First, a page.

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Rab Pinnacle Ridge Extreme – the most technical sky race in the UK

Editor & Trail Runner

Sky racing returns to the fold this weekend with the Rab Pinnacle Ridge Extreme – which I regard as the most technical sky race in the UK.  

It’s a 28km race with 2,700 metres of climb around the Lake District’s Hellvellyn Massif – and is a climbing/scrambling test as much as it is a running test. 

For me, that’s the appeal of Pinnacle Ridge. It’s the challenge of transitioning to climbing and scrambling from fast technical running and descending.  

Hands on rock – Grade 3 scrambles

Pinnacle Ridge Extreme – the UK’s most technical skyrace. Picture Paul Mitchell

You have the technical hands on rock aspects of the climbing and the Grade 3 scrambles, where you really need to think about what you are doing. From the start you are running up a big climb, and working hard before a fast descent, to then controlling your breathing, calming yourself and moving into a climbing frame of mind. 

I also like the intensity of Pinnacle Ridge Extreme. Being a relatively short Sky race at 28km it packs a big punch. There are not many sections on it where you are just slogging away and not having to focus on what you’re doing. This combined with the amount of separate scrambles’ both ascending and descending is why I regard it as the most technical in the UK. For example It’s a lot shorter than Glencoe (52km) which was one of the first originally classed as an “Extreme” Sky race and received some interesting press in its first year. So Pinnacle is more condensed yet spectacular. 

For this weekend, the forecast is quite good – which is nice as at least we don’t have to worry about whether it is going to be a bad weather course, though this will mean Striding edge may be busy with walkers so could require some crowd dodging, though last year everyone seemed excited and supportive to see runners weaving through the ridge

I feel a lot better going into this race than I did going into Scafell Sky Race at the start of last month. I finished fifth there and was happy with that as it gave me an idea of what I needed to work on. I feel that I’ve made the most of the time between the two races and am in better form than when I did this race last year, finishing second in 4:17.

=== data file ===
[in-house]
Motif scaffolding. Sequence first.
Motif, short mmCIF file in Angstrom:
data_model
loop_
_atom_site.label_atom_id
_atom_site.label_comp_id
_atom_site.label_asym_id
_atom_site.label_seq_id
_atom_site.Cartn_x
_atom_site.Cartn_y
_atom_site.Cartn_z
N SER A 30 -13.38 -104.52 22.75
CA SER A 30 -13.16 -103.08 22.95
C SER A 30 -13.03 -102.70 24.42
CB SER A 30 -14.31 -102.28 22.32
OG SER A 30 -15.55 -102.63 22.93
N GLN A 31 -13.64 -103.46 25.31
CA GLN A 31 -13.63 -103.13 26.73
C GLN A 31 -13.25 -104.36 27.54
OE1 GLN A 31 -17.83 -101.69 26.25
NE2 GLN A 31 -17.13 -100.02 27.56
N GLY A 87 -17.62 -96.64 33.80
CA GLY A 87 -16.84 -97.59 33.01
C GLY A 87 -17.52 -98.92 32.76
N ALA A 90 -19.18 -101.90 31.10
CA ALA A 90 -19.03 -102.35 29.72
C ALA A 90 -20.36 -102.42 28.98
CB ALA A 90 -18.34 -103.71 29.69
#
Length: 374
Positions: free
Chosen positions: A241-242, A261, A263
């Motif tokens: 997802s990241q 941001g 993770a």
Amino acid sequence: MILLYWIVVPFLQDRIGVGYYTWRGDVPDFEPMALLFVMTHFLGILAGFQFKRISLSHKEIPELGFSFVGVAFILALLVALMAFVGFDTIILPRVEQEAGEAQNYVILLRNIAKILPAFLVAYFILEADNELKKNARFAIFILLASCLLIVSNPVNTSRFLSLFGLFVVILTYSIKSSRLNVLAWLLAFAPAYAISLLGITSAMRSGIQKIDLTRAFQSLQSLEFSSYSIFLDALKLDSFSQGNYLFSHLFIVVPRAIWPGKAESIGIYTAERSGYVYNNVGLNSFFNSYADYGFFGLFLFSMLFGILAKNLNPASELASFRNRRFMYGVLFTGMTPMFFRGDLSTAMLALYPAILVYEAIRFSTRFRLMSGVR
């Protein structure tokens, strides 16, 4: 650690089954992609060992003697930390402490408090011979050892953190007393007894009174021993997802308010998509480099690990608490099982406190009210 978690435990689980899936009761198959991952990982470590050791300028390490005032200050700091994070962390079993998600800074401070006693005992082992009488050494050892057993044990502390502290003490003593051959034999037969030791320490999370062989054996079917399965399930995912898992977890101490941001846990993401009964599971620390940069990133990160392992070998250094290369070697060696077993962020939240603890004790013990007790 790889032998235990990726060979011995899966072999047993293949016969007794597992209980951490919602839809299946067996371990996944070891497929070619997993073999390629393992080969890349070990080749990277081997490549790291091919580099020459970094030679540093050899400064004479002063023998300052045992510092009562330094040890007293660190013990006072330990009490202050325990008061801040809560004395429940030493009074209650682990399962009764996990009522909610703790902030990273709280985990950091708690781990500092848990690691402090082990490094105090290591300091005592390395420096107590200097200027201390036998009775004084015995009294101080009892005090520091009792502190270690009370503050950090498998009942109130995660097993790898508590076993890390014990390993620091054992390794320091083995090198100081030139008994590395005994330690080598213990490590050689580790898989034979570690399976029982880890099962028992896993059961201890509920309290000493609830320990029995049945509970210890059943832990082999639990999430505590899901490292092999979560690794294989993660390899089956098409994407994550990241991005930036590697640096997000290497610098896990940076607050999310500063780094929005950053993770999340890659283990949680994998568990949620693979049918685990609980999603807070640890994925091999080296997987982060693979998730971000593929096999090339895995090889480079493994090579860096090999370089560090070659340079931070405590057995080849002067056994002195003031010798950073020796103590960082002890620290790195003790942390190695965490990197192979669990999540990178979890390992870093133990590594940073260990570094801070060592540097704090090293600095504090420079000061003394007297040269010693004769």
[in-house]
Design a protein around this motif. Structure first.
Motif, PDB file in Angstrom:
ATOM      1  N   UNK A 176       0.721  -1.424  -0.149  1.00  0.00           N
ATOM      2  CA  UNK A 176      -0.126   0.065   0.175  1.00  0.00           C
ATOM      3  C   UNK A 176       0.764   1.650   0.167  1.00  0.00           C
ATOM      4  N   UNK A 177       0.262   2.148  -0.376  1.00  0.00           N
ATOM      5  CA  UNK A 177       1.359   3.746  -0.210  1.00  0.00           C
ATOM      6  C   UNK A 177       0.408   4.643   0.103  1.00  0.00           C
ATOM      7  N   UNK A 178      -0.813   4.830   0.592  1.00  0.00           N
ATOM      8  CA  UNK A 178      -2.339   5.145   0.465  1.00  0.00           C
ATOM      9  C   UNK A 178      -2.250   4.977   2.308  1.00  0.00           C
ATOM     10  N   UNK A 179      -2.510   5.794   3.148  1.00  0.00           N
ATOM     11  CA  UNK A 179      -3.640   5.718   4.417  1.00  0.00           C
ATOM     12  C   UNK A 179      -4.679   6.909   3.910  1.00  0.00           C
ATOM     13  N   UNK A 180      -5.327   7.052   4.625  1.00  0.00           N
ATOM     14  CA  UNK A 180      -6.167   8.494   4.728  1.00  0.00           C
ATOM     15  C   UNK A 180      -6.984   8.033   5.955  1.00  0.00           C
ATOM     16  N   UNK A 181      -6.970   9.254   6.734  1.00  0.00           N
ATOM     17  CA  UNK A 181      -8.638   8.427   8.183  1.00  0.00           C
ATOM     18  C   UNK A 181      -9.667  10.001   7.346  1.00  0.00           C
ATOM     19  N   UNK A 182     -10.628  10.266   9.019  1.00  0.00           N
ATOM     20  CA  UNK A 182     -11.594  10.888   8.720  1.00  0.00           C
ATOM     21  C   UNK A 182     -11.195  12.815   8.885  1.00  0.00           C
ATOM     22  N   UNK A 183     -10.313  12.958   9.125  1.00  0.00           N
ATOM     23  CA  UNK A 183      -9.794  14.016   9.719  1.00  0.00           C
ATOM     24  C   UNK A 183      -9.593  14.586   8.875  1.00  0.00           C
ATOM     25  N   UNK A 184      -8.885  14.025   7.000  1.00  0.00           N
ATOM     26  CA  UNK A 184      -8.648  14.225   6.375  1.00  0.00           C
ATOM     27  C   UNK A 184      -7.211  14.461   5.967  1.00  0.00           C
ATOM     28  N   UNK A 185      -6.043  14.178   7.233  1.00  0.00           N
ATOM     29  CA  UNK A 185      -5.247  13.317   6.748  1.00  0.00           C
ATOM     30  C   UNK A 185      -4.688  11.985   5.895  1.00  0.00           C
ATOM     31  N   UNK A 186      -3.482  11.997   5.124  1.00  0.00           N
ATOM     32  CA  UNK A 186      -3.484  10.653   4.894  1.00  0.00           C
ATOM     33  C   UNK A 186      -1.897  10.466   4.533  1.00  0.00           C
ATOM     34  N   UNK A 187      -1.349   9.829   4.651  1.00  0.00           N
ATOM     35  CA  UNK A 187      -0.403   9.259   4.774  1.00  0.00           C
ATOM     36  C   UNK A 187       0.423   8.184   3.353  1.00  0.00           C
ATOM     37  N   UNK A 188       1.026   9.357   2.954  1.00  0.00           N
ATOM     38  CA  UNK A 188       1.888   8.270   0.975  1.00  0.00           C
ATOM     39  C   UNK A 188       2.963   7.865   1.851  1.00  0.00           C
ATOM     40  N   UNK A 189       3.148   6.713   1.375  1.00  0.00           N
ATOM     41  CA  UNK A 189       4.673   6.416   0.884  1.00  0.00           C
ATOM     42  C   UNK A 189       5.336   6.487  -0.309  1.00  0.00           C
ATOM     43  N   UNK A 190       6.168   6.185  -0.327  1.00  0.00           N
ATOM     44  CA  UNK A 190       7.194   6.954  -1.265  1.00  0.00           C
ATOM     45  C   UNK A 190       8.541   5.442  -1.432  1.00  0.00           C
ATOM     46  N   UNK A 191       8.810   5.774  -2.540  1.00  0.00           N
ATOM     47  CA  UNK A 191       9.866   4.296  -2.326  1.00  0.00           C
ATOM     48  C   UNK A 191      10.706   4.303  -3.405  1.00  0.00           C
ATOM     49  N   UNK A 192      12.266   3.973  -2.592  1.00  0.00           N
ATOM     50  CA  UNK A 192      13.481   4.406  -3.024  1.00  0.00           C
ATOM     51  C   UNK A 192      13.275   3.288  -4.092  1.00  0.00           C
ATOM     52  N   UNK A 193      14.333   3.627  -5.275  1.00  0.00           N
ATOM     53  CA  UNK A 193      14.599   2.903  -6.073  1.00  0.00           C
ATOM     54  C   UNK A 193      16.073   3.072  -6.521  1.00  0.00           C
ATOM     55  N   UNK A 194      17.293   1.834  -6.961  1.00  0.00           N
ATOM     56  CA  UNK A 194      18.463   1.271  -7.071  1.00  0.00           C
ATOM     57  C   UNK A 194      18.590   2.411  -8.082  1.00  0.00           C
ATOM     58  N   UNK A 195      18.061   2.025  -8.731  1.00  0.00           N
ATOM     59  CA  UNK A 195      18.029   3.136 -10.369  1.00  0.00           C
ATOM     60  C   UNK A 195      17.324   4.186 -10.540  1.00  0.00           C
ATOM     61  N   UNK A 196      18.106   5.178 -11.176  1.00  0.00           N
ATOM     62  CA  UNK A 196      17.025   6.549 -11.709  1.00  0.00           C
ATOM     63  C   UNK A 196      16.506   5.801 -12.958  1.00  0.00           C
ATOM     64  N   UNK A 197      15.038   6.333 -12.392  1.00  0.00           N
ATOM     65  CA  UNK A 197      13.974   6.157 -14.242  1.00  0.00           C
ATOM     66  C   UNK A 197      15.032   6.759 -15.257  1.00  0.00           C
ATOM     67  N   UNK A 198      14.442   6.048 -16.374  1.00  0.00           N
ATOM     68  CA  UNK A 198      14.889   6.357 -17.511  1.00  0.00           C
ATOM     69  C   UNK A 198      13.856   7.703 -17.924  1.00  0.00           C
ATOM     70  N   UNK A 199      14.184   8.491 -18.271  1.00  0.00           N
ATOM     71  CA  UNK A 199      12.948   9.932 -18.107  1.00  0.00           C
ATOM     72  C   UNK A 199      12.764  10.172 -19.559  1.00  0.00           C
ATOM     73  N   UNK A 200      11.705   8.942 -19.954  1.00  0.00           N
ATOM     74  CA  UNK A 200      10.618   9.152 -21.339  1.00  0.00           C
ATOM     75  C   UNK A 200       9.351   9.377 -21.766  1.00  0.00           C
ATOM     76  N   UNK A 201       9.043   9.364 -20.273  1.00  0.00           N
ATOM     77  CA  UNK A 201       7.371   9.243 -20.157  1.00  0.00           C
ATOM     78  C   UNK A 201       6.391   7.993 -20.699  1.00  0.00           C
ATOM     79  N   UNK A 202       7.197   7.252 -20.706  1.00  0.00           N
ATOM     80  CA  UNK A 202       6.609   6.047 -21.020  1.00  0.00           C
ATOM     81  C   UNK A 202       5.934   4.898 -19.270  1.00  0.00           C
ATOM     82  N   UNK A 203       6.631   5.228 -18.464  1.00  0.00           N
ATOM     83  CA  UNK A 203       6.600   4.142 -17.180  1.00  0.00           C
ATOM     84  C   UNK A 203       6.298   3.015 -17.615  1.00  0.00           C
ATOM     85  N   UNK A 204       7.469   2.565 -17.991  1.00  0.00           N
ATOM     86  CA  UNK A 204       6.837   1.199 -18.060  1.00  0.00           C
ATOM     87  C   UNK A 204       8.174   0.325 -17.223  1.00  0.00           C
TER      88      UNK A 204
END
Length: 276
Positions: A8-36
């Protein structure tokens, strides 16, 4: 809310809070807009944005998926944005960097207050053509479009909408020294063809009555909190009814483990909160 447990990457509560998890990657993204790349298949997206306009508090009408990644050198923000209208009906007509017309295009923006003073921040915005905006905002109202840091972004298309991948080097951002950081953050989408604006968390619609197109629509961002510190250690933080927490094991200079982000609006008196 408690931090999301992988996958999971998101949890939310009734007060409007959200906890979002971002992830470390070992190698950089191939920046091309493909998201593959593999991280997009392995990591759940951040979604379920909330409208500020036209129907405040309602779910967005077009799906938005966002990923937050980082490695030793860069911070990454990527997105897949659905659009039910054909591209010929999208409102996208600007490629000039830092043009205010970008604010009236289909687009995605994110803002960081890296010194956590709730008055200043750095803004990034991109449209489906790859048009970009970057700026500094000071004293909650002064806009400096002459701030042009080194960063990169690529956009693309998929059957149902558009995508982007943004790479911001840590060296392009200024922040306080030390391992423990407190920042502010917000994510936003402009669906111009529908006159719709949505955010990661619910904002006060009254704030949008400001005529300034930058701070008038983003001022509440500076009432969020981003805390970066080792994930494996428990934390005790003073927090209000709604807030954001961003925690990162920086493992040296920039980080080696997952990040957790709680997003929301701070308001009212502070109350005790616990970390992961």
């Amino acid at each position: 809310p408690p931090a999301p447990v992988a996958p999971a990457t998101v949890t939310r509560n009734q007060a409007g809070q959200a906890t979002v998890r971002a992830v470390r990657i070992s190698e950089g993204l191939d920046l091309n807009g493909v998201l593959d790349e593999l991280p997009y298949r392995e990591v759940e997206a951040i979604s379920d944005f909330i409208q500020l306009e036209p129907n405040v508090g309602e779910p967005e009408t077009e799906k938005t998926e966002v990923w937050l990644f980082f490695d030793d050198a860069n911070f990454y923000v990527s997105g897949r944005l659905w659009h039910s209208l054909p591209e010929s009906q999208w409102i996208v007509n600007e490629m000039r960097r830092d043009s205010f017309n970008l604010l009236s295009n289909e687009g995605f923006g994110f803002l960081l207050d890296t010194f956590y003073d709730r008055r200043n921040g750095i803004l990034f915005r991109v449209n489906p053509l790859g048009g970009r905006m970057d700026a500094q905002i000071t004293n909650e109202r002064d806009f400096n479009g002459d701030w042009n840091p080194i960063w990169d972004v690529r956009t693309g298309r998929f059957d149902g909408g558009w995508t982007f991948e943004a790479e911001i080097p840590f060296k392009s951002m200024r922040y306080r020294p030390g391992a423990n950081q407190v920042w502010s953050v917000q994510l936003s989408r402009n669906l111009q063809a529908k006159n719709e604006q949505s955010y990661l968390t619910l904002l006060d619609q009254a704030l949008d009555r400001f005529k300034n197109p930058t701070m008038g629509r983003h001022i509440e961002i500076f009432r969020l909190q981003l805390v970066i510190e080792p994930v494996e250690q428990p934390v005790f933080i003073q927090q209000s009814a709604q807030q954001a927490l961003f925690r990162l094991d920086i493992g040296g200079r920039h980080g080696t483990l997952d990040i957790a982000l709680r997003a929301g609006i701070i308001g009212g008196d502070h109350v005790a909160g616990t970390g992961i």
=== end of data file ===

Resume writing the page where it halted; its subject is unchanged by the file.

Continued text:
Competitive field

Looking at this year’s Pinnacle Ridge Extreme entries, it should make for a good and competitive race. Andrew Lamont probably comes into the race showing the best form after winning the Snowdon SkyRace in May, so he is one to watch. 

Will Birkett’s entry is a really interesting one as well. He holds the record for the Lakeland Classic Rock Round and completed an unassisted solo round of the Classic Rock routes in Wales at the end of May in an incredible 21hrs 45mins. Although he is perhaps best known as a climber, he is proving himself as a decent runner as well. He also has experience of SkyRacing – he put in a good performance in the Glen Coe Skyline last year.  

Excited by Pinnacle Ridge challenge

Will is excited by the challenge, telling RUN247: ‘’For me the Pinnacle race hits a sweet spot of trails, hills and scrambling, packing in a bunch of ascents over a vast array of terrain, staying focused and having to transition from trail running to scrambling, all while your heart and lungs feel like they’re exploding, is a great buzz. Compared to the usual fell races it requires a more advanced skill set. 

‘’My current aim is to stay with the faster group, as all my running this year has been focused on longer, stamina intense running for last month’s Welsh Classic Rock Round. I get competitive but I’m also aware I’ll need to manage my expectations for this race.’’ 

In the ladies race I think we could see another big performance from Alicia Schwarzenbach. She ran an impressive Scafell Sky Race last month finishing third and with recent selection into the UK’s team for the Skyrunning World Championships, will be a strong contender here. 

The course certainly suits strong technical descenders and climbers so it will be interesting to see how some of the international runners adapt to the Lakeland rock.

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